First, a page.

Going to the Roots of Dependency Parsing
2013 (English)In: Computational linguistics - Association for Computational Linguistics (Print), ISSN 0891-2017, E-ISSN 1530-9312, Vol. 39, no 1, 5-13 p.Article in journal (Refereed) Published
Dependency trees used in syntactic parsing often include a root node representing a dummy word prefixed or suffixed to the sentence, a device that is generally considered a mere technical convenience and is tacitly assumed to have no impact on empirical results. We demonstrate that this assumption is false and that the accuracy of data-driven dependency parsers can in fact be sensitive to the existence and placement of the dummy root node. In particular, we show that a greedy, left-to-right, arc-eager transition-based parser consistently performs worse when the dummy root node is placed at the beginning of the sentence (following the current convention in data-driven dependency parsing) than when it is placed at the end or omitted completely. Control experiments with an arc-standard transition-based parser and an arc-factored graph-based parser reveal no consistent preferences but nevertheless exhibit considerable variation in results depending on root placement. We conclude that the treatment of dummy root nodes in data-driven dependency parsing is an underestimated source of variation in experiments and may also be a parameter worth tuning for some parsers.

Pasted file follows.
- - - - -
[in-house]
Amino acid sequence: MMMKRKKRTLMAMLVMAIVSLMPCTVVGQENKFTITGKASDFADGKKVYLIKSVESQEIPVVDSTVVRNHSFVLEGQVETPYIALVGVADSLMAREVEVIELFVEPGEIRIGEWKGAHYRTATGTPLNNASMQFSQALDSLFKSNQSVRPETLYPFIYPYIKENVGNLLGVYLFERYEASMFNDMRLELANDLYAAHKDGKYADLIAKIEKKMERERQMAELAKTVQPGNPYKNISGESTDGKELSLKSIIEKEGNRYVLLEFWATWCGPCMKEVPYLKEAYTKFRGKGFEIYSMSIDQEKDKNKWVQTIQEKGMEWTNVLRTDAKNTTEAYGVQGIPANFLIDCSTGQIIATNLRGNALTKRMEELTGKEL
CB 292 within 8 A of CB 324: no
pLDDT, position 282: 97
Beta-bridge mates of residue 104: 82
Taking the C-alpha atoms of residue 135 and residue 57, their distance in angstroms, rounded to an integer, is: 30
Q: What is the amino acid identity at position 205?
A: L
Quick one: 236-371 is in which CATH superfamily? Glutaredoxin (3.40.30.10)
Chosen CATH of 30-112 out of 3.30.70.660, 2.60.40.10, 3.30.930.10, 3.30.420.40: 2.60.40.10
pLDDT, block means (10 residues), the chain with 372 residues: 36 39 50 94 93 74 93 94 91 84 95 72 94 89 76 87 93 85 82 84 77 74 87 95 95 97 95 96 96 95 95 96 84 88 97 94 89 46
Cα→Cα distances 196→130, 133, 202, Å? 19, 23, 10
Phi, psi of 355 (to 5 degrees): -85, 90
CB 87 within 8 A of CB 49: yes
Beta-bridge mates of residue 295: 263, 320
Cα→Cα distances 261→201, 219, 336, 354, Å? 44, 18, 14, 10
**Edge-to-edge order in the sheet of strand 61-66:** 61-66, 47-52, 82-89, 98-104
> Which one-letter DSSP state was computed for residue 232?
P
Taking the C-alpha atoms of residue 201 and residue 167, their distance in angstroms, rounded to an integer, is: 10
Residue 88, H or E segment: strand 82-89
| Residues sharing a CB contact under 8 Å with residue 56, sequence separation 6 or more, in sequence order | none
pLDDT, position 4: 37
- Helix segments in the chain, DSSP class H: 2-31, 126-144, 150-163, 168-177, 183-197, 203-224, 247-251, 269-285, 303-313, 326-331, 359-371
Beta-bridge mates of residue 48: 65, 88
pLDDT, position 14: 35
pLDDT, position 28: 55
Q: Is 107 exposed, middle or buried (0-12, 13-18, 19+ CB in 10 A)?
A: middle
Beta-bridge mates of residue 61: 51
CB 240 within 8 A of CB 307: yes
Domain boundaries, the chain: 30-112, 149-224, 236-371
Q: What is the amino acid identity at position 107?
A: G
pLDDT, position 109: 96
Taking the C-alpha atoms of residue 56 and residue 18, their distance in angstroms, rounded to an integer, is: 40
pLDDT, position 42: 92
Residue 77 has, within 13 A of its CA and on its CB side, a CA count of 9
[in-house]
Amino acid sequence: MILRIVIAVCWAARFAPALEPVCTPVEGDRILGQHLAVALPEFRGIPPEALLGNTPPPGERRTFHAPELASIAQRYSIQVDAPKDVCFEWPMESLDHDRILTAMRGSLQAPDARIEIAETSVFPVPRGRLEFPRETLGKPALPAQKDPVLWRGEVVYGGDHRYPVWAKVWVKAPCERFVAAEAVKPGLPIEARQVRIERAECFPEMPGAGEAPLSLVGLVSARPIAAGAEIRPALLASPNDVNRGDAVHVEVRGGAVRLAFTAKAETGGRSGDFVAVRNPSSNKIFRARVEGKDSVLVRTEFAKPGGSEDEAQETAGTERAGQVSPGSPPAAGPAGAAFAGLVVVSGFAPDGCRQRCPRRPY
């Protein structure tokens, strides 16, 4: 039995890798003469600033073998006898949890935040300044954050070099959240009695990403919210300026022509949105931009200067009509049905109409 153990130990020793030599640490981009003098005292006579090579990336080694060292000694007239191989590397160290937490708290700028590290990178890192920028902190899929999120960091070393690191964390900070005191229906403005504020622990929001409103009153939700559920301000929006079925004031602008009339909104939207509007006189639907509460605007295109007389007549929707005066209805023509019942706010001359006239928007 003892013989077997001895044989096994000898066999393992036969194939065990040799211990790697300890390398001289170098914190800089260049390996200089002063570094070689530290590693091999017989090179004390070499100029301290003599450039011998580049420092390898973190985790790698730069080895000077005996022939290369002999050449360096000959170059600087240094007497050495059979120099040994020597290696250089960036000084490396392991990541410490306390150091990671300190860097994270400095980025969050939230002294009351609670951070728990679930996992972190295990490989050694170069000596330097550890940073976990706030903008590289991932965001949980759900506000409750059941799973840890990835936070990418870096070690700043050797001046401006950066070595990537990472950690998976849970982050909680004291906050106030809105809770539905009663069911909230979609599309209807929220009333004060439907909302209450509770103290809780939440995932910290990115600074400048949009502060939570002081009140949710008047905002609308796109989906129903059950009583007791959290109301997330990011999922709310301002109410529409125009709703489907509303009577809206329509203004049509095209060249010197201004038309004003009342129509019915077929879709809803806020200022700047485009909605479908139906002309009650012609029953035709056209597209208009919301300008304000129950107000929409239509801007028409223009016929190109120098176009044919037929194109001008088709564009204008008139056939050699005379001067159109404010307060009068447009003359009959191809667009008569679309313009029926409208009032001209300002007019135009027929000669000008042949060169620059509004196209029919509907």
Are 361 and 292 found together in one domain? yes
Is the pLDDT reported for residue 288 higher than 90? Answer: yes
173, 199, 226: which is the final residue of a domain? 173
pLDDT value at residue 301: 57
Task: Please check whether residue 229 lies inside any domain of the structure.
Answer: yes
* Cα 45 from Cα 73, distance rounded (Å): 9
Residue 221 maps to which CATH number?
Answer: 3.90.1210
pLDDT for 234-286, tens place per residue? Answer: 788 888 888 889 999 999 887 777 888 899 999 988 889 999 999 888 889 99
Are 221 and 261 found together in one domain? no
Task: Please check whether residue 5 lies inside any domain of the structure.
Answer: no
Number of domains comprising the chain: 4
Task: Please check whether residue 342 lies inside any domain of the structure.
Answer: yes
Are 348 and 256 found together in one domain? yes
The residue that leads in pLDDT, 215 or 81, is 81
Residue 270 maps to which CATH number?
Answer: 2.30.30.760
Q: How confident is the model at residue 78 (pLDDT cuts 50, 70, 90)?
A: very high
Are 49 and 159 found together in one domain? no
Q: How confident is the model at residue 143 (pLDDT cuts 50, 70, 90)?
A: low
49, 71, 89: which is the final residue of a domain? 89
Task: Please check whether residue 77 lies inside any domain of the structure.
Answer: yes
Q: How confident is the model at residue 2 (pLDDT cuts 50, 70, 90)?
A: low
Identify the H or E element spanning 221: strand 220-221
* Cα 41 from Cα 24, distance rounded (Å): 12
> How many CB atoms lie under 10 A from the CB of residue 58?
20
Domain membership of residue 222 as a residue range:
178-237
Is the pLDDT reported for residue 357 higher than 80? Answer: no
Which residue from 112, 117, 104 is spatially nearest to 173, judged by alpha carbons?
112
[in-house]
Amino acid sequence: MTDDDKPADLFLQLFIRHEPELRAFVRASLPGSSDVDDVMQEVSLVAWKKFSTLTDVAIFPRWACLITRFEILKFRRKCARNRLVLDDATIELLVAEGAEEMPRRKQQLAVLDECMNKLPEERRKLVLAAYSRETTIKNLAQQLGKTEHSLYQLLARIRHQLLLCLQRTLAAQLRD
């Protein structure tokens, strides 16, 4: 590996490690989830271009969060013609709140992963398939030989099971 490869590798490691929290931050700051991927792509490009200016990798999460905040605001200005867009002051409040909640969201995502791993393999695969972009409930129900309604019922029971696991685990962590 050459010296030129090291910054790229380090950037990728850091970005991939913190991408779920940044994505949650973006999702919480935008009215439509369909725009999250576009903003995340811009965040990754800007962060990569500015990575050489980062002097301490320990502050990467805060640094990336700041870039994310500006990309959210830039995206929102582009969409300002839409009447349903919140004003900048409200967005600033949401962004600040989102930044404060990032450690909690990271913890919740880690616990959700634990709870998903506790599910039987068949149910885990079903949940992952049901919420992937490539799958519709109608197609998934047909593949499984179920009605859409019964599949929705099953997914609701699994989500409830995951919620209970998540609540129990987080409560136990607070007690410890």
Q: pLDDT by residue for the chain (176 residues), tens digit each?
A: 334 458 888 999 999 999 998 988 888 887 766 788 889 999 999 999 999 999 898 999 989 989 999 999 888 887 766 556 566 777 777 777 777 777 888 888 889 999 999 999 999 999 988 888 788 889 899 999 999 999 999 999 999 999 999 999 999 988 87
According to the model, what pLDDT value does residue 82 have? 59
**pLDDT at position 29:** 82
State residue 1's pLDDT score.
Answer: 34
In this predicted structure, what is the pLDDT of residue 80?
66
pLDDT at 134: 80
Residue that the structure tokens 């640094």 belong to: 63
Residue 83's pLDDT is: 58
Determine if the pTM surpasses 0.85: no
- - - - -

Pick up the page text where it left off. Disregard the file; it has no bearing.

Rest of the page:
Place, publisher, year, edition, pages
MIT Press, 2013. Vol. 39, no 1, 5-13 p.
Language Technology (Computational Linguistics)
Research subject Computational Linguistics
IdentifiersURN: urn:nbn:se:uu:diva-198101DOI: 10.1162/COLI_a_00132ISI: 000315648000002OAI: oai:DiVA.org:uu-198101DiVA: diva2:615236